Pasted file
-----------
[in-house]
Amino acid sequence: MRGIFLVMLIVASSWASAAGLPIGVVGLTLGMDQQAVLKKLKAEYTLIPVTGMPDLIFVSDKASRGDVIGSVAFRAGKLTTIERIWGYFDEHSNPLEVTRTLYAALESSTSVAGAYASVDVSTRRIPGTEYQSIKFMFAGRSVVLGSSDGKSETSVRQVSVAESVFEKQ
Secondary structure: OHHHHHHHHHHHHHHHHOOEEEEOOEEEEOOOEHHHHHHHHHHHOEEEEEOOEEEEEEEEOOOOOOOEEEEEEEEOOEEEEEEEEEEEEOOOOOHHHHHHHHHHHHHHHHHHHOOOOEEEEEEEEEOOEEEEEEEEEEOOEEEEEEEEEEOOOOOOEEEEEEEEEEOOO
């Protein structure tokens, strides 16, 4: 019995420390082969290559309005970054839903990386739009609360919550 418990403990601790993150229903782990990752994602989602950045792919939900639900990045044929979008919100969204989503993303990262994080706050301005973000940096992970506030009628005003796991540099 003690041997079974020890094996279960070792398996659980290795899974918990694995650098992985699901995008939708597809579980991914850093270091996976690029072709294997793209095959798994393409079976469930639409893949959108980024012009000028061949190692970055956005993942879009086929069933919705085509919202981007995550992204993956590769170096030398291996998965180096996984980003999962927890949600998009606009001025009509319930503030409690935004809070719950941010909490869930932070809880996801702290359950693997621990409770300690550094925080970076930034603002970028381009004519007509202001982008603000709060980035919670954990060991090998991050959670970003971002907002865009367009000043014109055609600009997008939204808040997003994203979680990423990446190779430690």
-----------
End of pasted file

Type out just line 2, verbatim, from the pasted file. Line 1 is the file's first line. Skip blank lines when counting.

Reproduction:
Amino acid sequence: MRGIFLVMLIVASSWASAAGLPIGVVGLTLGMDQQAVLKKLKAEYTLIPVTGMPDLIFVSDKASRGDVIGSVAFRAGKLTTIERIWGYFDEHSNPLEVTRTLYAALESSTSVAGAYASVDVSTRRIPGTEYQSIKFMFAGRSVVLGSSDGKSETSVRQVSVAESVFEKQ